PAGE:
Horse

Starches, Sugars, Carbohydrates, Oh My!

Nutrition : General Nutrition

Nutrition : Ingredients & Nutrients

Care : Health Issues

Care : Weight Management

Kelly Vineyard, M.S., Ph.D.

Senior Nutritionist, Equine Technical Solutions

Low sugar and starch. Low carb. Non-structural carbohydrates. Metabolic needs. With the rise in popularity of feeding specialized diets to horses with various metabolic concerns, there seems to be a lot of discussion about these terms. But, what do they mean and how does it affect you, your horse and your horse’s feeding program?

Carbohydrates in horse feeds Non-structural carbohydrates (NSC) and structural carbohydrates in horse feeds are important when determining sugar and starch levels in your horse’s feed.

There are two primary forms of carbohydrates found in horse feed ingredients:
  • Non-structural carbohydrates (NSC)
  • Structural carbohydrates

Non-structural carbohydrates

Non-structural carbohydrates, or NSC, are the simple sugars and starches present in horse feed ingredients. Simple sugars (such as glucose and fructose) and starches (simple sugars that are attached together as a chain) are readily digested and absorbed in the small intestine. This results in a rise in blood glucose, and subsequently, blood insulin levels.

Glucose derived from non-structural carbohydrate digestion serves as an important energy source in the diet of performance horses, providing the horse does not have a dietary carbohydrate sensitivity, such as with insulin resistance or PPID. As long as concentrate meal sizes are appropriate, horses will digest and utilize NSC quite efficiently. As a general rule of thumb, keep concentrate meals to 0.5% bodyweight or less.

However, if a horse consumes an excessive amount of NSC in a meal (such as when a horse gets into the feed room and gorges himself on feed), the small intestine can become overwhelmed and NSC will be delivered to the hindgut. This situation should be avoided at all costs, as excessive NSC in the hindgut can lead to major problems such as hindgut acidosis, colic, and laminitis.

Feed ingredients such as beet pulp and alfalfa meal are lower in NSC, while grain ingredients such as corn, oats, and barley are higher in NSC.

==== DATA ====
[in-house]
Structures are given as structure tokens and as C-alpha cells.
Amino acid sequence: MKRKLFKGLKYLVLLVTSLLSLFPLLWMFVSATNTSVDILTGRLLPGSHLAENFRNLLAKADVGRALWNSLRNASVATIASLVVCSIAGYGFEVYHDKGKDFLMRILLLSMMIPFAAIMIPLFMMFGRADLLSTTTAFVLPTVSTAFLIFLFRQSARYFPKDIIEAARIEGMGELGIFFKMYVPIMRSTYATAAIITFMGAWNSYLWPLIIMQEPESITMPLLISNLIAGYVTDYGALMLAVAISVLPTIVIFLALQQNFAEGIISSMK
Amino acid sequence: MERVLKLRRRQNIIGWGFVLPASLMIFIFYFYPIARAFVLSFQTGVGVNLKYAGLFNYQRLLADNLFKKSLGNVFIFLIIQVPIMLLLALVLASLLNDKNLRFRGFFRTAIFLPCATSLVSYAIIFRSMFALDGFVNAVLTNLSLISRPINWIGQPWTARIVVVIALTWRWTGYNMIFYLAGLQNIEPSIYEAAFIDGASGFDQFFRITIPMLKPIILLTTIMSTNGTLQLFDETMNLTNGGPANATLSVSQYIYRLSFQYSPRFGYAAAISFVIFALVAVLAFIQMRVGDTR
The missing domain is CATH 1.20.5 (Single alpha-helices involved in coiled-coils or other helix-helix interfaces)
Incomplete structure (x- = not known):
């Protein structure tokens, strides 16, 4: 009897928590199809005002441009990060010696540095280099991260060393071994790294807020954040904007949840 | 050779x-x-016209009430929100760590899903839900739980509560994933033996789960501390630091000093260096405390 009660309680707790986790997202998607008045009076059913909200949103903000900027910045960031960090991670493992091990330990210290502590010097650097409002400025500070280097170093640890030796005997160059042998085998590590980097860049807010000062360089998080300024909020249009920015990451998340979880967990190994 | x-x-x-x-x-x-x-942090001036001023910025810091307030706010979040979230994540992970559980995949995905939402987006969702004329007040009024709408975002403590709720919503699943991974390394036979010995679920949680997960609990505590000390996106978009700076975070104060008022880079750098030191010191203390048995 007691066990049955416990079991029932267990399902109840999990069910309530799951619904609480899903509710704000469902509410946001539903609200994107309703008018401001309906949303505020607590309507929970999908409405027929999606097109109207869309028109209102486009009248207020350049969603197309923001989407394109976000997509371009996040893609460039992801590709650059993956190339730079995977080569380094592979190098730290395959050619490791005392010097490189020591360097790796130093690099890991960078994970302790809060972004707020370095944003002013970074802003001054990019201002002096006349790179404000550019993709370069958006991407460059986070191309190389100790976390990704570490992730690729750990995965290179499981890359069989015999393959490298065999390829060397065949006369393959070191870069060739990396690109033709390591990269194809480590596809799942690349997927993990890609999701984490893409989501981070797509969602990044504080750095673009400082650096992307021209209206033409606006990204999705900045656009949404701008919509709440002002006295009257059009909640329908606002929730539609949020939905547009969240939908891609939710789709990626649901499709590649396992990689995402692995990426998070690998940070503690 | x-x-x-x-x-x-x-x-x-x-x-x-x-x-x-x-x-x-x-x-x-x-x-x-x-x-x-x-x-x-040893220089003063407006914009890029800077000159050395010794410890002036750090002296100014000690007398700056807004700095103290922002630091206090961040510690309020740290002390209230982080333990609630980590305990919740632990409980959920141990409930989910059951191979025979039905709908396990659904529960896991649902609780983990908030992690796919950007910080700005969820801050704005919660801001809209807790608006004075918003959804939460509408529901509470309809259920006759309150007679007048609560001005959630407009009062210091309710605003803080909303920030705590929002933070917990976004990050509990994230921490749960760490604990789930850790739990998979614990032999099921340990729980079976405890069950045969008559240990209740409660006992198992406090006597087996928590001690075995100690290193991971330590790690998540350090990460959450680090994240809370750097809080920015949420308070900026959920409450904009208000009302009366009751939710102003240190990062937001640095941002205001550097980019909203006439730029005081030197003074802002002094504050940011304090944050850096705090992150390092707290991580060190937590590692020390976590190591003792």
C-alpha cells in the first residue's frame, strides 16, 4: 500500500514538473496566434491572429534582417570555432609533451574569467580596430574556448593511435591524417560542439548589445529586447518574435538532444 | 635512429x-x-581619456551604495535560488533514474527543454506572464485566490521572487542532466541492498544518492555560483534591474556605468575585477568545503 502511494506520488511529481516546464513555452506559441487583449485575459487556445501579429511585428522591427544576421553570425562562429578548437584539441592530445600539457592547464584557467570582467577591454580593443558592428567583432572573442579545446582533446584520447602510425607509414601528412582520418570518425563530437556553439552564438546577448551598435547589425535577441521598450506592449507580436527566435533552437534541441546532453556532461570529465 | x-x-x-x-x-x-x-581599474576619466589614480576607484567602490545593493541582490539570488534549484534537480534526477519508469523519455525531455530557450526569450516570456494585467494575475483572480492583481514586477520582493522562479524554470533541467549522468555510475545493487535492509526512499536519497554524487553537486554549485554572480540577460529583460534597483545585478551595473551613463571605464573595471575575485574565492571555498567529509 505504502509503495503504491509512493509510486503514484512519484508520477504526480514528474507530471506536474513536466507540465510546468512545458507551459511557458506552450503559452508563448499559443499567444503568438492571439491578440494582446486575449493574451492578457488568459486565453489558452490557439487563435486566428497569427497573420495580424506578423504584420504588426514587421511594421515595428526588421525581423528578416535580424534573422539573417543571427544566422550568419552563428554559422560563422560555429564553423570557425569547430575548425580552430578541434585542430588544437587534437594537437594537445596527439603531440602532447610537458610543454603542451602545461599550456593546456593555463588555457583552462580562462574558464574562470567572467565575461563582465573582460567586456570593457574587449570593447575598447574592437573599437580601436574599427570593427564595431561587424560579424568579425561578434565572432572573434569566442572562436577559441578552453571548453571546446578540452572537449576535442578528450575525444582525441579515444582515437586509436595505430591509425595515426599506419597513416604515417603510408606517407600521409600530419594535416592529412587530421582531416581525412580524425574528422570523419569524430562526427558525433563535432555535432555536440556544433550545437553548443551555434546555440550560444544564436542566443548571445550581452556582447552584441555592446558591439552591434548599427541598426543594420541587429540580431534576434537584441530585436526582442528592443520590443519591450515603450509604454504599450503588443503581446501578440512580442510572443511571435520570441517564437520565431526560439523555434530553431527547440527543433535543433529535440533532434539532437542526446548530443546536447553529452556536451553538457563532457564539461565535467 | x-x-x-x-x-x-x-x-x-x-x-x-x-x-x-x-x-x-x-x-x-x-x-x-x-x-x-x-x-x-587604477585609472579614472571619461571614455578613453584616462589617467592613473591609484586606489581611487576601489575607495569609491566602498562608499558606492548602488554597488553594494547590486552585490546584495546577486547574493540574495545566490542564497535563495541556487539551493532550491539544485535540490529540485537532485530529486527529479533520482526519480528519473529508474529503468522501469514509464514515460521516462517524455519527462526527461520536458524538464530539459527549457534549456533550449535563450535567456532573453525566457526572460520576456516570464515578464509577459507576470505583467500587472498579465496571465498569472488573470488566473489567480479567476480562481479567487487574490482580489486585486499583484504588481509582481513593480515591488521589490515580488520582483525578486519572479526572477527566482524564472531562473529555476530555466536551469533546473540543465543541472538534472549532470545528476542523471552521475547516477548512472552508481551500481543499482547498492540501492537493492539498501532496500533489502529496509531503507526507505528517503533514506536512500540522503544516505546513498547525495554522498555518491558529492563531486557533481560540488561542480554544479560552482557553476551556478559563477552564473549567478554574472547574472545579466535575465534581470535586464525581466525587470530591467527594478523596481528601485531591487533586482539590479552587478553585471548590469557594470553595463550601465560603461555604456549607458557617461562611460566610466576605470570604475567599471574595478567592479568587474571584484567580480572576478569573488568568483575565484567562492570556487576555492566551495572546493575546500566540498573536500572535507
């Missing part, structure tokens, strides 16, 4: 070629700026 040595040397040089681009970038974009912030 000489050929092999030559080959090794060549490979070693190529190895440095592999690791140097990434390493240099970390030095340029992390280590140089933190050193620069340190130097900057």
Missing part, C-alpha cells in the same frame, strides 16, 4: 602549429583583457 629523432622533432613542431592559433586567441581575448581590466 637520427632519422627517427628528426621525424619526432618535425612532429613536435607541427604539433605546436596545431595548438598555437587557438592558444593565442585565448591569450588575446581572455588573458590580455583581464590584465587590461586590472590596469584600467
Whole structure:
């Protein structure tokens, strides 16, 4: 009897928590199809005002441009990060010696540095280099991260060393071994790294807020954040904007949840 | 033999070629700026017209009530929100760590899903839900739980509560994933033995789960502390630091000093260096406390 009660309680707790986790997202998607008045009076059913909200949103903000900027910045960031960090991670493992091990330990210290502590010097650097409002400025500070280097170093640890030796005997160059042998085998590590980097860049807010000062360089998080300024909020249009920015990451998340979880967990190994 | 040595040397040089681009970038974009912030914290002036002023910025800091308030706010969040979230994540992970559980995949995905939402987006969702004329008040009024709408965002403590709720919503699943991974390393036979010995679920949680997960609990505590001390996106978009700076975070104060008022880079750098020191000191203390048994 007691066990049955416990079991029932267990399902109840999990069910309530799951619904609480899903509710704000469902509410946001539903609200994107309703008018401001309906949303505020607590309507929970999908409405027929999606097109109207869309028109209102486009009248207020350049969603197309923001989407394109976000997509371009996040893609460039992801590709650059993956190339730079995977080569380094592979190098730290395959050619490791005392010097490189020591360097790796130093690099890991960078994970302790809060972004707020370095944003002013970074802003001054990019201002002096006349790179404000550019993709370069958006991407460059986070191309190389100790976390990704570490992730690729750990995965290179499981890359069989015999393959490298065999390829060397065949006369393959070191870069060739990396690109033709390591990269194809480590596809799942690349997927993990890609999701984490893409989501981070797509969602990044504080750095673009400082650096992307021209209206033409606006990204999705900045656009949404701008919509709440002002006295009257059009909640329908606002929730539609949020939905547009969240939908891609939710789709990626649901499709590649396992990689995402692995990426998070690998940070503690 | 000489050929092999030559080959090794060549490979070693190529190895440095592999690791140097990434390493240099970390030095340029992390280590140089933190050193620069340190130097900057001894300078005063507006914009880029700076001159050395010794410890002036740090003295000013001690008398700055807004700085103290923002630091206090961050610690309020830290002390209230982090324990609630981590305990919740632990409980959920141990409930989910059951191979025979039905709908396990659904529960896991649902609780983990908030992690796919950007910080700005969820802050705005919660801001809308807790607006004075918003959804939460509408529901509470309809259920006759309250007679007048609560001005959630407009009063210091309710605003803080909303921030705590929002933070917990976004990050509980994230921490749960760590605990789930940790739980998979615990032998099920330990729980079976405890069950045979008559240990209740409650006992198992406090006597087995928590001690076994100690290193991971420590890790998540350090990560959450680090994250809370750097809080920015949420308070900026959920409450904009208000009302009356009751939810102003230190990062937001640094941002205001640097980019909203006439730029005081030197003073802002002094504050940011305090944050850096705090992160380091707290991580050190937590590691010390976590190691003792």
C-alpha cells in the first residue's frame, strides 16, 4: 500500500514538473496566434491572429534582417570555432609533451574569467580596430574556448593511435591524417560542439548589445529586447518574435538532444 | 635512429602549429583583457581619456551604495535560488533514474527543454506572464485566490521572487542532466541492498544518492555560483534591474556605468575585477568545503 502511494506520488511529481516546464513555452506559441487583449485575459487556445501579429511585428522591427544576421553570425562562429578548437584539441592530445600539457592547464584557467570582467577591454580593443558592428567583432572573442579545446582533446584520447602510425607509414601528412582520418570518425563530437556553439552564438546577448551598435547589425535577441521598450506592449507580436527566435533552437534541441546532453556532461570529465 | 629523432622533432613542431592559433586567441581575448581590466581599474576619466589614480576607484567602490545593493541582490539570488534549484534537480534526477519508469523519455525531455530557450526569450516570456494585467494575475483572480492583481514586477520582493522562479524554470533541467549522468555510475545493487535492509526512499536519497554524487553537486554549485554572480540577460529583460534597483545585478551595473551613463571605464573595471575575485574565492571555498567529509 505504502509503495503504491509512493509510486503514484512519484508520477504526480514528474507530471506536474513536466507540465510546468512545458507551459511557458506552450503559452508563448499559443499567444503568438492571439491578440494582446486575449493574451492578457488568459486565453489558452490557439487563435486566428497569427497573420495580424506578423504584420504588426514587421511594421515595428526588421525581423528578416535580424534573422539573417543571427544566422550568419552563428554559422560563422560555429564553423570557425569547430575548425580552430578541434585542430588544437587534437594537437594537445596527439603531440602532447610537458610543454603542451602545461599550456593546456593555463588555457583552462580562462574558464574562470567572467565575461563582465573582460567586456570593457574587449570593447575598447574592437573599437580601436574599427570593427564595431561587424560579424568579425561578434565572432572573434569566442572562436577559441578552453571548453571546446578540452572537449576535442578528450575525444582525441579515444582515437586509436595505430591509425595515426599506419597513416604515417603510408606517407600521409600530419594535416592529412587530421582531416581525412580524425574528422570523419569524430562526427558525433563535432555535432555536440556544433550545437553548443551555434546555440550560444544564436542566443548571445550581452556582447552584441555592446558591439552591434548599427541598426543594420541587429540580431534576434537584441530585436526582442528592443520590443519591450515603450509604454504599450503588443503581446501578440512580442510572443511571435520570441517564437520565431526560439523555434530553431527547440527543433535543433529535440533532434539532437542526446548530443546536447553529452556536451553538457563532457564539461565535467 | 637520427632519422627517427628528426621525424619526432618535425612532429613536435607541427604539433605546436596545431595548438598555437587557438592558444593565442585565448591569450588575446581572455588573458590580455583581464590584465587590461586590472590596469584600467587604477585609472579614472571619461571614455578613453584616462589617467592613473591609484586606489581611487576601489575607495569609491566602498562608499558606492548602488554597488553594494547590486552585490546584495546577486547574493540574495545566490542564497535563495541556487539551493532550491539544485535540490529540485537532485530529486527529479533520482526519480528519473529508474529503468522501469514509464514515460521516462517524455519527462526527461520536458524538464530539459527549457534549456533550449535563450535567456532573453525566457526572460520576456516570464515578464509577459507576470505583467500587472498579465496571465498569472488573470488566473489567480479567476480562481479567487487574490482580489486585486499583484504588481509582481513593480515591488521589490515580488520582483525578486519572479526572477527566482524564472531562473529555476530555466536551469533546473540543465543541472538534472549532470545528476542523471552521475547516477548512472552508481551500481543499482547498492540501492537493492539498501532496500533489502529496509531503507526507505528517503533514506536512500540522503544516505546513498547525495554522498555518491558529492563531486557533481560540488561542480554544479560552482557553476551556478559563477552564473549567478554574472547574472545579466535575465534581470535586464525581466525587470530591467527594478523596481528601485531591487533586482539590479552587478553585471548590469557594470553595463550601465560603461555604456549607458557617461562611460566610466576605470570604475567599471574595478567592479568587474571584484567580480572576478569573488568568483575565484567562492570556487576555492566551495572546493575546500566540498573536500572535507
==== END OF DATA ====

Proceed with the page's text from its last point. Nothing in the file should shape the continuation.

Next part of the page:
Structural carbohydrates in horse feeds

Structural carbohydrates in horse feeds are found in the cell wall portion of plants and serve as important fiber sources. Structural carbohydrates are prevalent in forages but are also present in higher fiber feed ingredients such as soy hulls and beet pulp. Structural carbohydrates are digested in the horse’s hindgut through microbial fermentation and serve as another important energy source, but they do not result in a rise in blood glucose or insulin.  

Both non-structural and structural carbohydrates play a vital role in providing energy in a horse’s diet, every horse is unique and it’s important to develop a diet based on your individual horse’s metabolic needs.

Low sugar/starch diets for horses

For horses with carbohydrate sensitivities, managing their sugar and starch intake is critical. Horses with insulin dysregulation, laminitis, PPID or other veterinary-diagnosed conditions need diets with controlled starch and sugar. Diets that have low NSC levels, like WellSolve L/S® or Enrich Plus® horse feed can support normal glucose and insulin responses to feeding.

Purina® Strategy® Healthy Edge® horse feed is a controlled starch and sugar formula containing fewer calories that can be helpful to optimize body condition while supporting the needs of the performance horse. With the new inclusion of Outlast® Gastric Support Supplement, Strategy® Health Edge® horse feed is a great choice to support the needs of horses with a history of gastric concerns.

It’s important to understand that individual horses will have variable responses to feeding of similar diets. A horse’s response to sugar and starch can be impacted by a variety of factors including:
  • Age
  • Gender
  • Body condition
  • Fitness level
  • Metabolic status
  • Wellness and/or disease

What’s in the bag?

Recent research at the Purina Animal Nutrition Center found that five healthy horses fed a 4 lb meal of Purina® Strategy® Healthy Edge® had a low glucose and insulin response to feeding1. When these values are compared to existing research, they are even more striking as they are lower than those found previously when horses consumed oats2 or even good quality grass hay3, further highlighting the low starch and sugar characteristics of Purina® Strategy® Healthy Edge® horse feed.

The higher fat and fiber content of Strategy® Health Edge® horse feed supplies a controlled number of calories from sources with lower starch and sugar content, which can result in a lower glucose and insulin response to feeding. This creates an appropriate diet for horses that may benefit from this type of concentrate feed.
It is important to understand that individual horses will have variable responses to feedings of similar diets and this response can be impacted by a variety of factors including age, gender, body condition, fitness level, and health.

Purina features a full line of complete feeds and supplements specially formulated to provide low starch and sugar content while meeting the nutrient and calorie requirements for horses at any stage of life.
It is important to work closely with a veterinarian to understand what a horse’s blood test results mean and how diet influences the results.

Want to learn more? Check out this video about carbohydrates in horse feed.
 

1HR 272- Strategy and Strategy Healthy Edge Glycemic Index. RD Jacobs and ME Gordon. 2018.
2Glycemic Index of ten common horse feeds. AV Rodiek and CL Stull. Journal of Equine Veterinary Science. May 2007.
3HR 233- Physiological responses of horses to Standlee Timothy Hay. RD Jacobs and ME Gordon. 2018.